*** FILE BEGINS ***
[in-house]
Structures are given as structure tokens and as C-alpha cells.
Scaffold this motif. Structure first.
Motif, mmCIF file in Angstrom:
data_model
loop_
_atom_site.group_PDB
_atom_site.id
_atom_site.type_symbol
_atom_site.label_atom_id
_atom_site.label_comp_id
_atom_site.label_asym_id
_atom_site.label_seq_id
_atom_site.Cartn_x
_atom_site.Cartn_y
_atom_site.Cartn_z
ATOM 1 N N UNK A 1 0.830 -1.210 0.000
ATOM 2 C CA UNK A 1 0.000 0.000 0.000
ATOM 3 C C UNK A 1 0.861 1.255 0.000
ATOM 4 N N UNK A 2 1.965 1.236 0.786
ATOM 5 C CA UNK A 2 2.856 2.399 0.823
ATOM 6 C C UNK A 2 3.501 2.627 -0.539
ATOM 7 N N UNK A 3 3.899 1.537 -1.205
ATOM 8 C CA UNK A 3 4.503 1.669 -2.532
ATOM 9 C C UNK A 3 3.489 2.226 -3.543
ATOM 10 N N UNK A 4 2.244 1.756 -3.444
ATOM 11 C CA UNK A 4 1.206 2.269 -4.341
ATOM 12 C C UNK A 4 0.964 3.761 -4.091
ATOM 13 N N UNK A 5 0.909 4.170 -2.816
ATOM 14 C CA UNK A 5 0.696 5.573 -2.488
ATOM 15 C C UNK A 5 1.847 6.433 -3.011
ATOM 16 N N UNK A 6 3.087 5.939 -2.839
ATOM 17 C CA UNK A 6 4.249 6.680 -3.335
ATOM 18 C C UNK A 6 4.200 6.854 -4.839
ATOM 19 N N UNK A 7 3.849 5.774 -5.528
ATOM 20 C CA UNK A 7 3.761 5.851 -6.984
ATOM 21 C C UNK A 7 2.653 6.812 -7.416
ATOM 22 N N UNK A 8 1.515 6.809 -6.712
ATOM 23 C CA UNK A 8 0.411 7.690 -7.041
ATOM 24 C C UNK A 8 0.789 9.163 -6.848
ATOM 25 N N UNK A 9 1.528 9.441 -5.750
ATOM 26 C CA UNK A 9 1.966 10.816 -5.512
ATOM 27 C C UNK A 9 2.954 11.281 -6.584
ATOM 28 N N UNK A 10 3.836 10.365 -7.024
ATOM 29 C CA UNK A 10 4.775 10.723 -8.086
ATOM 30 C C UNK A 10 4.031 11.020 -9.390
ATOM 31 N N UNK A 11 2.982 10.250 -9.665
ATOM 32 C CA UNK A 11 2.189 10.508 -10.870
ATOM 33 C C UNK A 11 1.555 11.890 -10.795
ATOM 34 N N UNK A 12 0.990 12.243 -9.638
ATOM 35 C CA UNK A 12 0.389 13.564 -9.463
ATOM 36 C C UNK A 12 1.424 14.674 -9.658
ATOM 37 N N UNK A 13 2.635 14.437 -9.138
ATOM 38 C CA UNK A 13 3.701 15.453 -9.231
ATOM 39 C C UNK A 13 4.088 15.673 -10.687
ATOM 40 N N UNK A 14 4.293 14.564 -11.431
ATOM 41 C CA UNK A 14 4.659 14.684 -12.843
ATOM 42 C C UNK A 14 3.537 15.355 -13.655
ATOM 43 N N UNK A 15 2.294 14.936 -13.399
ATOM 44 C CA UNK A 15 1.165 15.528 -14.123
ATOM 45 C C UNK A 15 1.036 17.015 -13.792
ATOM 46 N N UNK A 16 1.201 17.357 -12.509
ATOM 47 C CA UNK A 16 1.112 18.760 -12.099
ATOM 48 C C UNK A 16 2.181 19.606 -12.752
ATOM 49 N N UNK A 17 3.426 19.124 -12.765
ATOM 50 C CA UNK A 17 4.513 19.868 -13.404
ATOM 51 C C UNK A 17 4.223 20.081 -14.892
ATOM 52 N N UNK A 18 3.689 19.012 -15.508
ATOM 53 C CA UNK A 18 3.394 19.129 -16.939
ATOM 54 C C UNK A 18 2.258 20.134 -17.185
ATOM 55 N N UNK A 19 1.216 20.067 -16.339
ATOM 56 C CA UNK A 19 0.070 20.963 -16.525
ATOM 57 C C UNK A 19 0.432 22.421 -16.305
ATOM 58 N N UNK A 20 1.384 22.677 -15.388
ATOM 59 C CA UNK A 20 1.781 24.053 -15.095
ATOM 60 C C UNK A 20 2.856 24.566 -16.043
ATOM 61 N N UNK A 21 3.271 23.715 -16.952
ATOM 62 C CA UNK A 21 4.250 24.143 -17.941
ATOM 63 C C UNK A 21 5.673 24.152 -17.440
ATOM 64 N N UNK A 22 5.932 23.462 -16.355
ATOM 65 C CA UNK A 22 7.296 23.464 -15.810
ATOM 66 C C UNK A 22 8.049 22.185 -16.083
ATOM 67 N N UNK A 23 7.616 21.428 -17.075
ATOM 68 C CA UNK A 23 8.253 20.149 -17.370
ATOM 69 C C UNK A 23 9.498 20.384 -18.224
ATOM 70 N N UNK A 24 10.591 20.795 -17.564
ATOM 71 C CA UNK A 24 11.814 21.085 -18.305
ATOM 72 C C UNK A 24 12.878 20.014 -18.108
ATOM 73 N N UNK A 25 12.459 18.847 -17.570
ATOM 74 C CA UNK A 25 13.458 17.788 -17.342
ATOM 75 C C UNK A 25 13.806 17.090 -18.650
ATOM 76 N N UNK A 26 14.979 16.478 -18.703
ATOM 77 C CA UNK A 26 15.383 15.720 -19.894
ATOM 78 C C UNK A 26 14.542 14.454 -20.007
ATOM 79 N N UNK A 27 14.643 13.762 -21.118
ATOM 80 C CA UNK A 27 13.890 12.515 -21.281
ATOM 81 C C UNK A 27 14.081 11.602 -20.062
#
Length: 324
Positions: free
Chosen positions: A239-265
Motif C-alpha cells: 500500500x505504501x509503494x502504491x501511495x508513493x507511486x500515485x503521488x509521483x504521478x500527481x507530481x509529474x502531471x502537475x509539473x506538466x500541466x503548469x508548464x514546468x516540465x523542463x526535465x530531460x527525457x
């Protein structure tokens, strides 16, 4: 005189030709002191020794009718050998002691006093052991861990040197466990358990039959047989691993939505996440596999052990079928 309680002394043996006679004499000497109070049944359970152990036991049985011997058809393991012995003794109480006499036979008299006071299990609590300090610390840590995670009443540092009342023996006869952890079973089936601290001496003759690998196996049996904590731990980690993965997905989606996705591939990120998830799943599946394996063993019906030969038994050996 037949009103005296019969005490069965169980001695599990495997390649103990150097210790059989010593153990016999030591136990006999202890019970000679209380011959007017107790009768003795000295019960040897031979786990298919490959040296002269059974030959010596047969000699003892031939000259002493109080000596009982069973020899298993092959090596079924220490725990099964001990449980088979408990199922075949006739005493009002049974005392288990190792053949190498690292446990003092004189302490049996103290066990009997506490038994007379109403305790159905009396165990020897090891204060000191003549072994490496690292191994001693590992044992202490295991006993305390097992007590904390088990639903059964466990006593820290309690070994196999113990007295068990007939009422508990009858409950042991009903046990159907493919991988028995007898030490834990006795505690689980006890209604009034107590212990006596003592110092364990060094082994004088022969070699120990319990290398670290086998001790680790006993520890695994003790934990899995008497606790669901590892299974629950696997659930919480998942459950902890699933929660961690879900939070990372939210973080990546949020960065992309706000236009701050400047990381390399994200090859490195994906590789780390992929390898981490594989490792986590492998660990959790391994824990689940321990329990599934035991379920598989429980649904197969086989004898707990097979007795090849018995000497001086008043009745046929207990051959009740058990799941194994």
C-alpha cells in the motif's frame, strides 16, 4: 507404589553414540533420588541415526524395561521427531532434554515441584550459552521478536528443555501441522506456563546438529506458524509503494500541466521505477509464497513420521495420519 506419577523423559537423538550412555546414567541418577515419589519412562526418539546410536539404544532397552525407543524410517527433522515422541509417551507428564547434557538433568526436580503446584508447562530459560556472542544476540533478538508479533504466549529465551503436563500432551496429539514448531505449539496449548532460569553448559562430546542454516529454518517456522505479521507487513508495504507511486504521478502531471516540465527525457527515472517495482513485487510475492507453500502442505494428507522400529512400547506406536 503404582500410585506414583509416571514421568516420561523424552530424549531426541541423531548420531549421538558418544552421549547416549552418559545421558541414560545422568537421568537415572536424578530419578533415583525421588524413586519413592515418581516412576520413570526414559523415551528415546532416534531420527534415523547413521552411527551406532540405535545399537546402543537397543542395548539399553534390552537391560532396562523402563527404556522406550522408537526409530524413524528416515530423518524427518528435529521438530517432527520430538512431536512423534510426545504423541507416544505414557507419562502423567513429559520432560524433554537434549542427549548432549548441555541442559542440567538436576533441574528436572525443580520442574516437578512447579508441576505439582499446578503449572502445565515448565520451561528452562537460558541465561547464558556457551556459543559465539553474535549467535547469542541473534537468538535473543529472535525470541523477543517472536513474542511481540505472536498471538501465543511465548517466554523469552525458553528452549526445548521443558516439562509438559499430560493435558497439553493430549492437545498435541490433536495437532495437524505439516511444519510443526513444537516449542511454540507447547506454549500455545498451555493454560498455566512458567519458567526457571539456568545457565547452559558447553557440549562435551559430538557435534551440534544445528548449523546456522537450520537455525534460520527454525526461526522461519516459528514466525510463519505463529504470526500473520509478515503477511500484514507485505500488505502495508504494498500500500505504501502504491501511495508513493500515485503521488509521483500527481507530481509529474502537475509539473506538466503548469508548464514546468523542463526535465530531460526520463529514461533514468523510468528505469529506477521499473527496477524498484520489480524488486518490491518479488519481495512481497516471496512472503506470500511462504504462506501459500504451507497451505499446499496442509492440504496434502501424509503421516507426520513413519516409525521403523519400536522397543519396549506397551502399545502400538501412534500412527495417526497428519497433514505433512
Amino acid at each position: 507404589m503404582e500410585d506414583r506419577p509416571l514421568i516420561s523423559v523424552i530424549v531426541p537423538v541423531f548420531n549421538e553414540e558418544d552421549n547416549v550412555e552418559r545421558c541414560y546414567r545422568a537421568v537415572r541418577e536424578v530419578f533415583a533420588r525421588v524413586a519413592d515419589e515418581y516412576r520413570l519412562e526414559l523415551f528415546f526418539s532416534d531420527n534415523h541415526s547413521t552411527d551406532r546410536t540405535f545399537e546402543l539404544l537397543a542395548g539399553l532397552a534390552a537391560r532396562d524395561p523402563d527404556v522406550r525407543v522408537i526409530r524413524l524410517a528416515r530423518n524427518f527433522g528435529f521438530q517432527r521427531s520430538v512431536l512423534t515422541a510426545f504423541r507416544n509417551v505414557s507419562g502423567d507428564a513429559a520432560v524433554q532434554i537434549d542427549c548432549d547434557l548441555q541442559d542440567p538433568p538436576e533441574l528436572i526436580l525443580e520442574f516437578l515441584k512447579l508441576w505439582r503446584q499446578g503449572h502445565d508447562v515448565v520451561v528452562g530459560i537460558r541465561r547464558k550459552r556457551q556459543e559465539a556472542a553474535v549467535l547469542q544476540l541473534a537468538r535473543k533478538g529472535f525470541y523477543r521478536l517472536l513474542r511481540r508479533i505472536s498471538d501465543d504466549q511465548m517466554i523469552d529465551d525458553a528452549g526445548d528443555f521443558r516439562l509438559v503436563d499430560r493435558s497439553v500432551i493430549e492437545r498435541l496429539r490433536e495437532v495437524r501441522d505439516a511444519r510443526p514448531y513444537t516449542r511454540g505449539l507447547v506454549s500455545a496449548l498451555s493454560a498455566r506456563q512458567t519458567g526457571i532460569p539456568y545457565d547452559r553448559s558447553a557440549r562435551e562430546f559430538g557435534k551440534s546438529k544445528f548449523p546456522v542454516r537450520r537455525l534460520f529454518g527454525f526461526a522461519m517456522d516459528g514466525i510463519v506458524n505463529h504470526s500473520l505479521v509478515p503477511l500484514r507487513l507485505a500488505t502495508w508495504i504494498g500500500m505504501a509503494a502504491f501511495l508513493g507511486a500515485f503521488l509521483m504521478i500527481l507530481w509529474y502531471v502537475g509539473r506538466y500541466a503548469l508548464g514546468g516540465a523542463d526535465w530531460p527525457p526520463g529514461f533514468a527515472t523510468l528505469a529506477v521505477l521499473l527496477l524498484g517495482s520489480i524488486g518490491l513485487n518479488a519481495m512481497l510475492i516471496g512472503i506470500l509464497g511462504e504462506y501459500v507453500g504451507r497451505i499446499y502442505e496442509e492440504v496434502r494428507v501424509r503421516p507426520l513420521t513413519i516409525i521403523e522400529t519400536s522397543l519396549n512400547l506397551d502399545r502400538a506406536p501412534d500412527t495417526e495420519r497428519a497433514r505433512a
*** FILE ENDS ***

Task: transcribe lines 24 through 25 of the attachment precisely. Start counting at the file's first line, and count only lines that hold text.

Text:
ATOM 8 C CA UNK A 3 4.503 1.669 -2.532
ATOM 9 C C UNK A 3 3.489 2.226 -3.543